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Canine Trauma




PICKING A PUPPY FOR A WORKING PROGRAM

Dean Bundley

As always, I will start by saying that the following is a way of picking puppies for a working program. This by no means is the way for making your selections.

No matter what anyone tells you, puppies are a gamble. You can have the best Sire and Dam available to you and still they can produce a bad puppy.

Paperwork should not be your sole consideration in picking a puppy. Neither is price. The more you pay for a puppy does not guarantee that you will end up with a good dog.

THERE ARE NO PERFECT LITTERS!!!!!

I normally use a whelping box, placed near the rear door of my home. I use alight, not so much for warmth but for observation of the puppies. The end of the whelping box is hinged for easy entrance and exit. Inside of the whelping box I have pig boards on all four sides to prevent pups from being crushed it he mother happens to lay near the side or a corner.

On average pups arrive between the 59th and 63rd day after a successful tie. I set my whelping box up on the 50th day. My box is made out of cedar. I have used strips of newspaper and cedar chips for bedding.

For new mothers, when the box is set up I practice putting the female in the box and making her down. This gets her use to the box. For veteran mothers they hop in and out and sleep in there.

When the female goes into labor she goes in the box, if I'm around. Dams will have their pups in some pretty inconvenient places, that is for us humans.

As the pups are being born, I observe and that's all. Its ShowTime for the mother. I have been lucky to have bred females that have turned out to be excellent mothers.

I sit next to the box and watch the births. The mother tears the sack and eats it, and begins to lick the puppy. She chews through the umbilical cord. She does this for every puppy. When she's out of labor I check to see if there are any unborn pups still in the mother.

If necessary???? Wait a minute, wait a minute. This is supposed to be about picking puppies for a working program. Lets fast forward.

In observing the puppies I take note of the bullies, the ones who make their way to the fullest teats and clamp on. As they are nursing you can lift them up a bit and they continue to nurse and to nurse harder. I take note of the puppies that allow themselves to be pushed aside.

I will remove a pup from a teat and see what effort it makes to regain a teat. What I like to see is the pup that strongly noses its way back to the teat and if necessary forces another pup off of a teat. I'm looking to see who is strong and who is weak.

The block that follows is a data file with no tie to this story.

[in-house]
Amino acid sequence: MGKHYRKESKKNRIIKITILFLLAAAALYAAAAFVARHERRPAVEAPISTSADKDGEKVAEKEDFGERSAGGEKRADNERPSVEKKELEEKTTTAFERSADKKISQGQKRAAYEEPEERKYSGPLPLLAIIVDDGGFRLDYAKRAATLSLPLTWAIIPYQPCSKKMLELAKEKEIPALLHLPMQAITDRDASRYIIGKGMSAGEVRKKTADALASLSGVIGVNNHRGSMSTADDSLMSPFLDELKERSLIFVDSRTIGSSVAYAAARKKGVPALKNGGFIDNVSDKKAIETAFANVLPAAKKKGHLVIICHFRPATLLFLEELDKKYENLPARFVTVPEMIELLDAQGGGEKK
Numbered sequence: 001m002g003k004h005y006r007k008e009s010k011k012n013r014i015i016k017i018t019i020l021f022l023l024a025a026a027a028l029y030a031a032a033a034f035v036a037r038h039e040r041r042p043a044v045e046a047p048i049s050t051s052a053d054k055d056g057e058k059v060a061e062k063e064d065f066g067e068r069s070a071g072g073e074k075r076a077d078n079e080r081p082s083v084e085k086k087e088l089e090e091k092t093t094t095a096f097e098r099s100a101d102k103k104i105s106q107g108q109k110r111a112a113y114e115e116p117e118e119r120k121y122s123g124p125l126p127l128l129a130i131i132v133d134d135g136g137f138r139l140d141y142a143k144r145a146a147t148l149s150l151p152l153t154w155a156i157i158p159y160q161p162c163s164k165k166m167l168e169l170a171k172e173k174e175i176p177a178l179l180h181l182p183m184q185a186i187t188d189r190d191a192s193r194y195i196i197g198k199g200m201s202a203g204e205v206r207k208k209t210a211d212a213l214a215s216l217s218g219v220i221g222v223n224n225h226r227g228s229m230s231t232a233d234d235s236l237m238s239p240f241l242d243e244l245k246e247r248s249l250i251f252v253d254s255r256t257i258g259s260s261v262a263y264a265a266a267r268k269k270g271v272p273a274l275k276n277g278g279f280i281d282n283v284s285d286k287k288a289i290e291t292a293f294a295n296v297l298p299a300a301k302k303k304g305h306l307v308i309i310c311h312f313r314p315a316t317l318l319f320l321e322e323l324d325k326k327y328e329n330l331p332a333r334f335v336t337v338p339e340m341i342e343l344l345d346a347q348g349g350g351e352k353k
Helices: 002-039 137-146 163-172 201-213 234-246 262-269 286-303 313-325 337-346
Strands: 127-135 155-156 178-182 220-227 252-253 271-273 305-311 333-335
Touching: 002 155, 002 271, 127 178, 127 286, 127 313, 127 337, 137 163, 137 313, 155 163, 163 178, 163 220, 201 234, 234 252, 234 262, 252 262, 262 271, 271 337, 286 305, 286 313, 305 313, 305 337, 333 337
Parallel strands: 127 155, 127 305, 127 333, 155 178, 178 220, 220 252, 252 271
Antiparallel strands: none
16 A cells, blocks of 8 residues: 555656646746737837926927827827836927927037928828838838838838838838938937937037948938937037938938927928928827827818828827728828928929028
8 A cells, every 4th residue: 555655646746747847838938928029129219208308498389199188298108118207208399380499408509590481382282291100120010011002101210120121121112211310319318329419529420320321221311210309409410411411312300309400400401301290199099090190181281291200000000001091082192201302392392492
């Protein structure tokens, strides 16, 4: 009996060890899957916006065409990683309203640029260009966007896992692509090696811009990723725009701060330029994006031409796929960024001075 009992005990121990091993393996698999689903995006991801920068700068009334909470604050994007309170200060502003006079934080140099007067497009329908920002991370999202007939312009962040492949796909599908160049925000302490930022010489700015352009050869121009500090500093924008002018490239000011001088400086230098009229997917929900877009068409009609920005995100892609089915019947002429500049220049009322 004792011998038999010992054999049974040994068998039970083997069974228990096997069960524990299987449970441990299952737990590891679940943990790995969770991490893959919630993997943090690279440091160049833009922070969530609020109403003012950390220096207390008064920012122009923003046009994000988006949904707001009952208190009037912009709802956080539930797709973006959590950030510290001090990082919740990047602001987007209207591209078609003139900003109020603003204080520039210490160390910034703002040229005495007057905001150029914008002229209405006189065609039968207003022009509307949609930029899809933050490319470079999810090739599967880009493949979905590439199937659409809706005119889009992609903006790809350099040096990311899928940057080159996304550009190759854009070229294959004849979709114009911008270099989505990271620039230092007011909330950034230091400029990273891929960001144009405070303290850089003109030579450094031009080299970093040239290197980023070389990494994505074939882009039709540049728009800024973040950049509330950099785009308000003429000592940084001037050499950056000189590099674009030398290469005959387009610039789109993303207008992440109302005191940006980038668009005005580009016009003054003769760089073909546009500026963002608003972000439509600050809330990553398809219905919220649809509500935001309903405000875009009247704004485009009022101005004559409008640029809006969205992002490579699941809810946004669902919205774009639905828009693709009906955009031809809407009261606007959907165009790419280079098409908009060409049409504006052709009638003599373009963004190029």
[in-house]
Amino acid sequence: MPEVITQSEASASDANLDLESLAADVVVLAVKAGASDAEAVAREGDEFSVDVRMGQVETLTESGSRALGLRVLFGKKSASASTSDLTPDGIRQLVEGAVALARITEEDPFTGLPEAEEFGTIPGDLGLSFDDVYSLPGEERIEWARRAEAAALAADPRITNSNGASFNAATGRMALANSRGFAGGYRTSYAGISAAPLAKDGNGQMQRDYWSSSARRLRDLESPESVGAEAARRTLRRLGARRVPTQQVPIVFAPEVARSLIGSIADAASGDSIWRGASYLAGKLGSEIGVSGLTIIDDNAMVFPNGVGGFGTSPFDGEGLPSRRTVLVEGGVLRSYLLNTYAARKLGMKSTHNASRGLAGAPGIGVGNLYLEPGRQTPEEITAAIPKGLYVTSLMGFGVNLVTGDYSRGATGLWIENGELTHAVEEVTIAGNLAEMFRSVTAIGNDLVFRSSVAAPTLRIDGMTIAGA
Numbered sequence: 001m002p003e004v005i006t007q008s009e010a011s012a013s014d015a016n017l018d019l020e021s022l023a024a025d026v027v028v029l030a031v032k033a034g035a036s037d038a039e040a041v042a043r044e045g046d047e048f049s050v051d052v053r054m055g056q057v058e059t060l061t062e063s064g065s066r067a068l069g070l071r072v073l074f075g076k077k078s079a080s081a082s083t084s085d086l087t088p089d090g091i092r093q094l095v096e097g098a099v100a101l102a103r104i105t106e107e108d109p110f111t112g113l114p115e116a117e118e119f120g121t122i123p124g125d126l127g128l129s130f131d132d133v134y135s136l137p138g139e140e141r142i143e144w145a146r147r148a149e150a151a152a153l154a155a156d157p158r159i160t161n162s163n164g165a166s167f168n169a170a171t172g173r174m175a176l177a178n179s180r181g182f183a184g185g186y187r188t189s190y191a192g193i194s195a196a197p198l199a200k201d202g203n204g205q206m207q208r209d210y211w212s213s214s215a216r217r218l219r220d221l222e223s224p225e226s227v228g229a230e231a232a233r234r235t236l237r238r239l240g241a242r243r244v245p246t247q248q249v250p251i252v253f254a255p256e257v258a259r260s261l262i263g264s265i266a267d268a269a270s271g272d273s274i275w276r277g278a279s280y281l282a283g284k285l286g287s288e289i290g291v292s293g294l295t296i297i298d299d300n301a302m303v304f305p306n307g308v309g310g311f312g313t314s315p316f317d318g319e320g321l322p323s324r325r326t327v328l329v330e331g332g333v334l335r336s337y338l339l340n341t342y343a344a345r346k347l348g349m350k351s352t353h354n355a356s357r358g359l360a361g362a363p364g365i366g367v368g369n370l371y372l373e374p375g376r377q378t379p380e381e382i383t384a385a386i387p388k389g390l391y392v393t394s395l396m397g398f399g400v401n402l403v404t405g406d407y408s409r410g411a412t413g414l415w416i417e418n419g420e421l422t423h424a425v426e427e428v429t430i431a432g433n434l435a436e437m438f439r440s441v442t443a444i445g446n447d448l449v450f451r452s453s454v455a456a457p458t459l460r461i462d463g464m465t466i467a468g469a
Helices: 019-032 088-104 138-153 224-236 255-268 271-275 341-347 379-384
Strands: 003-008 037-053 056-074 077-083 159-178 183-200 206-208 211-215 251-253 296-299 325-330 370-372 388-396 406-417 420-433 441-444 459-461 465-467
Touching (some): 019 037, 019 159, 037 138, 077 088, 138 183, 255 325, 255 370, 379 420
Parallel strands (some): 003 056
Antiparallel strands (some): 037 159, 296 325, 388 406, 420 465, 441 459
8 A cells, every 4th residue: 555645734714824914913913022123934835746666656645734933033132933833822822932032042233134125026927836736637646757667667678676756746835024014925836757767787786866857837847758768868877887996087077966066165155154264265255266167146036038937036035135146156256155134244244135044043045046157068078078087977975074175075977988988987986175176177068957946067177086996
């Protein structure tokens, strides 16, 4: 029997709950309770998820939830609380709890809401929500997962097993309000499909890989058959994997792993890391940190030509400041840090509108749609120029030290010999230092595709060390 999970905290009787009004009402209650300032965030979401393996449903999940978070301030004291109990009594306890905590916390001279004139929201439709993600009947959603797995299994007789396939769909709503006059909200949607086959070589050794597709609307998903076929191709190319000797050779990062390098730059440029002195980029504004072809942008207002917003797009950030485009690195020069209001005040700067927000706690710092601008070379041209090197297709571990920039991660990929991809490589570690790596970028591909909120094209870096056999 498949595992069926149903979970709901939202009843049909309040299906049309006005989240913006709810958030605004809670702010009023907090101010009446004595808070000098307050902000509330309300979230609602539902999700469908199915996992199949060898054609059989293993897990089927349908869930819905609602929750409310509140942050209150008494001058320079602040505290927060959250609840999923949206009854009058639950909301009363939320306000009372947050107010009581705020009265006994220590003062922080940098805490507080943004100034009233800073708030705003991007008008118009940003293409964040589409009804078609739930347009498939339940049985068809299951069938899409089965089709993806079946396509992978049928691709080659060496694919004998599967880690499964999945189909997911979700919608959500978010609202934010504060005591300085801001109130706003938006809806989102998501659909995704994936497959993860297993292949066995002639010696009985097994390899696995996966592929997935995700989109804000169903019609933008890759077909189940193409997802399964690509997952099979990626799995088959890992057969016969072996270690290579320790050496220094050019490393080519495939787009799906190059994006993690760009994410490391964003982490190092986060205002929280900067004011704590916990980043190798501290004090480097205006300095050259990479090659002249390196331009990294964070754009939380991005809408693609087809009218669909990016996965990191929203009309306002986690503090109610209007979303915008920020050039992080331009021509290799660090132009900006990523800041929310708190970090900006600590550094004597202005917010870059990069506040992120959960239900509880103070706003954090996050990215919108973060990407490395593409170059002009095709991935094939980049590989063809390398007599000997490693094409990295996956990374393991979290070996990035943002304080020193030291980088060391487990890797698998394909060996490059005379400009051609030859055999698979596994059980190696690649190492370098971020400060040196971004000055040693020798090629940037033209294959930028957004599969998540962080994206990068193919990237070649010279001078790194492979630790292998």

Now we are at the eyes open stage??? Fast forward again.

The puppies are here. They are over 7 weeks old and your going to pick one. Having someone with you that knows about picking puppies is a plus if it can be arranged. If not its up to you.

Try to look at all the pups in the litter. Some breeders will let you do that and some wont. Some will bring a pup to you and tell you this is the one for you. I enjoy letting my pups out and watch them bite ankles other than my own. Ask the breeder if you can perform a few tests, some will let you, others wont.

I always have some leather or a piece of burlap that I throw to keep them busy.

Look for a pup that rushes up to you. Look for a pup that runs up to you barking asking what are you doing in my area?? See which pups are paying attention to you instead of each other. Pick the puppies up, by now they should be used to being handled. If they scream out when picked up, that's not a good sign.

Drop some keys or something. The pup that runs up to see what you dropped is a positive. An even better sign is the pup that picks up your keys and runs away with other puppies following to try to steal them away. I like pups that want to be involved, not the ones that are hiding and want no part of the action.

Most breeders will not let you take a pup to a strange area. If your in a club situation, the breeder can bring the pups to the training field. ( that's were pups belong anyway)

Consider picking a puppy that shows you: no sound sensitivity, is not afraid of being handled, does not cry out in pain when you squeeze the skin between the toes, does not cry out when you pick it up by the scruff of the neck, if you throw something, the pup goes and picks it up, roll the pup on its back, it should fight to turn itself over, no under bites or over bites, the pup must move around and be agile, be able to get up on things, is the pup clean, has it been vaccinated, it looks healthy, and the price is right for you.

Don't pick a puppy that is sound sensitive, runs in fear from you, is dirty, has a low tolerance for pain, has no interest at all in a rolling ball, when you roll it on its back it just lays there, has an over bite or an under bite, is limping, if it looks sick to you, don't buy it. Is that big round stomach because it just finished eating and drinking or is it wormy.

Talk to the breeder, find out what they are breeding for. Pick their minds.

Good breeders guarantee their pups. I have seen two and three page agreements on puppy purchasing. If the pup has a genetic flaw that appears during the first year, the breeder should replace the pup with one from their next litter. Remember a guarantee is only as good as the person giving it.

There is a lot more involved with puppy selection.

E-mail Dean Bundley if you have any questions.


Copyright Dean Bundley; all rights reserved.




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